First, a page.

Who said what at the Big three-White House meeting on green cars

As we said earlier today, President Bush met with the CEOs of America's domestic automakers to discuss the future of domestic vehicles in America and what types of alternative fuels will power those vehicles. Bush met with Chrysler Group president and CEO Tom LaSorda, Ford Motor Company president and CEO Alan Mulally, and General Motors chairman and CEO Rick Wagoner. The White House said the scheduled half-hour meeting went for 45 minutes. Toyota and other automakers were not invited.

White House spokesperson Dana Perino said that the meeting "focused primarily on the President's 20-in-10 program. This is the program where the President is seeking to reduce gasoline consumption in America by 20 percent in 10 years. They talked about the advancements in technology, including specifically biodiesel, E85, and lithium ion batteries, and they shared optimism on cellulosic ethanol, with both the President and the CEOs agreeing that cellulosic ethanol and the technology push is the linchpin to reaching the 20-in-10 goal."

The three CEOs called the meeting "open and constructive" and said they support reducing gasoline consumption in America, mostly through biofuels (E85 and some biodiesel) but with the prospect of more advanced technologies (PHEVs and hydrogen fuel cells) obviously still on the table. Their ethanol-happy full statement is available after the jump.

[Source: Ford, Globe and Mail, the White House]

Joint statement attributable to Chrysler Group president and CEO Tom LaSorda, Ford Motor Company president and CEO Alan Mulally, and General Motors chairman and CEO Rick Wagoner regarding the meeting between President George W. Bush and the CEOs of America's domestic auto industry:

We appreciate the President meeting with us today on issues that are critical to reducing our nation's gasoline consumption and greenhouse gas emissions. We had an open and constructive discussion on the use of renewable and alternative fuels.

All three companies conveyed to the President their support for reducing gasoline consumption in the U.S. A significant portion of such reductions can come from the continued development and use of biofuels. We reiterated that each company stands ready to make half of its annual vehicle production E85 flexible fuel vehicles (FFV) or capable of running on biodiesel by 2012. To capitalize on these commitments, we emphasized with the President the need for increased incentives to produce and distribute biofuels.

We briefed the President about the more than 6 million FFVs on the road today and we will add over a million FFV cars and trucks in 2007 alone. We explained to the President that if all these vehicles were running on E85, they would displace more than 3.6 billion gallons of gasoline a year. And even more compelling, if all the E85 capable vehicles on the road today – along with those that GM, Ford and DaimlerChrysler have already committed to produce over the next 10 years were to run on E85 – we could displace 22 billion gallons of gasoline annually. Also, if all manufacturers made a comparable commitment to make half their annual production capable of running on biofuels, we could increase the savings to 37 billion gallons of gasoline annually in 2017.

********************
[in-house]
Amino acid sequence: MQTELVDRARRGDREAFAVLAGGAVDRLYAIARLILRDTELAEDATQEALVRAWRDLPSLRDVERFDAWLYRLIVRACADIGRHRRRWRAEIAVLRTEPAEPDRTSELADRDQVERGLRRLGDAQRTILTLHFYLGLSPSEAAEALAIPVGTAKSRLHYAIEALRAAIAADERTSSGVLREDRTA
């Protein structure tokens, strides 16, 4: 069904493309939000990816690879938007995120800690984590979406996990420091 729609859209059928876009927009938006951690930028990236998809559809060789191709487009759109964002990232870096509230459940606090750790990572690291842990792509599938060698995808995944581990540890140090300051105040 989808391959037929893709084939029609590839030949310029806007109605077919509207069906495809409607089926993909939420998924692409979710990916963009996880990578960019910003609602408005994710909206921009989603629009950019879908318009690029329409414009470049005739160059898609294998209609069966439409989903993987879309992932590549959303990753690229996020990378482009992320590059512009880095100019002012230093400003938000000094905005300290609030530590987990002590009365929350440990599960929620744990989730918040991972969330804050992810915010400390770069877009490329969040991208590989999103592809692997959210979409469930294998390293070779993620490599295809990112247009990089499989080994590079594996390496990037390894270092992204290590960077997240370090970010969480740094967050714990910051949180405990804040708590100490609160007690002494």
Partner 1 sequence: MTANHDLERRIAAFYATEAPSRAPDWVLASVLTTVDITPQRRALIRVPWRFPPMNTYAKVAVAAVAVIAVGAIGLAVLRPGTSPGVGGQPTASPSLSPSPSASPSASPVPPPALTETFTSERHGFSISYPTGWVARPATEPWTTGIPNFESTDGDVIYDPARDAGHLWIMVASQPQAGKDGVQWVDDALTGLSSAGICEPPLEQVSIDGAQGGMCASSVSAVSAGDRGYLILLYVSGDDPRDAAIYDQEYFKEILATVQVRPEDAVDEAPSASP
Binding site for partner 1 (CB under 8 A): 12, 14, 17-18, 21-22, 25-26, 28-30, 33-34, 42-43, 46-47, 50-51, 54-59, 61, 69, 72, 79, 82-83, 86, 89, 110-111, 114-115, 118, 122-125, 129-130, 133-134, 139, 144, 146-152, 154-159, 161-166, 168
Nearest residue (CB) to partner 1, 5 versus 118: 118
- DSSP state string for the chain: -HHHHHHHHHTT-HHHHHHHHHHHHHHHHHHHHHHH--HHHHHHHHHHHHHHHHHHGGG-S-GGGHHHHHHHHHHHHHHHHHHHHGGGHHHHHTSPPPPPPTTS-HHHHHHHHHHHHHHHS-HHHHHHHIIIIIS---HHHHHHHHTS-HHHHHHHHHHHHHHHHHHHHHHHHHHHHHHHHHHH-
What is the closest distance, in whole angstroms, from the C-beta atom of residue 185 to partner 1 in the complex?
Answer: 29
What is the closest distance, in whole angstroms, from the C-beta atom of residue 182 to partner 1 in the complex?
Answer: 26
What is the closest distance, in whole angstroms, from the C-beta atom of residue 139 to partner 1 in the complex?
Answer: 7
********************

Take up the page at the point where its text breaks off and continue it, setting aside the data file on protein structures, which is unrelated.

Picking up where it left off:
Furthermore, we pointed out the benefits of clean diesel technology and that if all diesel vehicles today were fueled with B5 (five percent biodiesel) we could displace 1.85 billion gallons of petroleum per year; and 7.4 billion gallons per year if B20 (20 percent biodiesel) were utilized.

In order to achieve these levels of petroleum savings, we asked the President to help provide Americans with reasonable access to these fuels at a price that is competitive with gasoline. Right now there are approximately 1,100 E85 pumps in the U.S. and 1,000 biodiesel pumps, out of 170,000 gas stations. We expressed to the President that we are willing to lead the way, but we need government and fuel providers to increase infrastructure before we can make a meaningful impact.

In addition, we discussed with the President that as part of an overall national strategy to fully tap the potential of biofuels to displace petroleum, vehicle production increases must be accompanied by continuing the incentives that encourage the manufacture, distribution, and availability of biofuels and the production of flexible fuel vehicles.

We updated the President that we are working on a wide range of advanced vehicle technologies that run on alternative fuels such as E85, biodiesel, electricity and hydrogen. Plug-in hybrid vehicles can play a significant role in our transportation future. Increased funding for domestic battery research and development can help accelerate bringing these vehicles to market.

Overall, we were pleased with the exchange that we had with the President and all parties came away with an understanding of the significant, positive impact that biofuels can make on the environment and in reducing our nation's reliance on oil.

We welcome the opportunity to continue working with President Bush, his Administration, and the Congress in a bipartisan manner and to move forward on solutions to these issues while continuing to do our part to ensure America's long-standing leadership in manufacturing and innovation.

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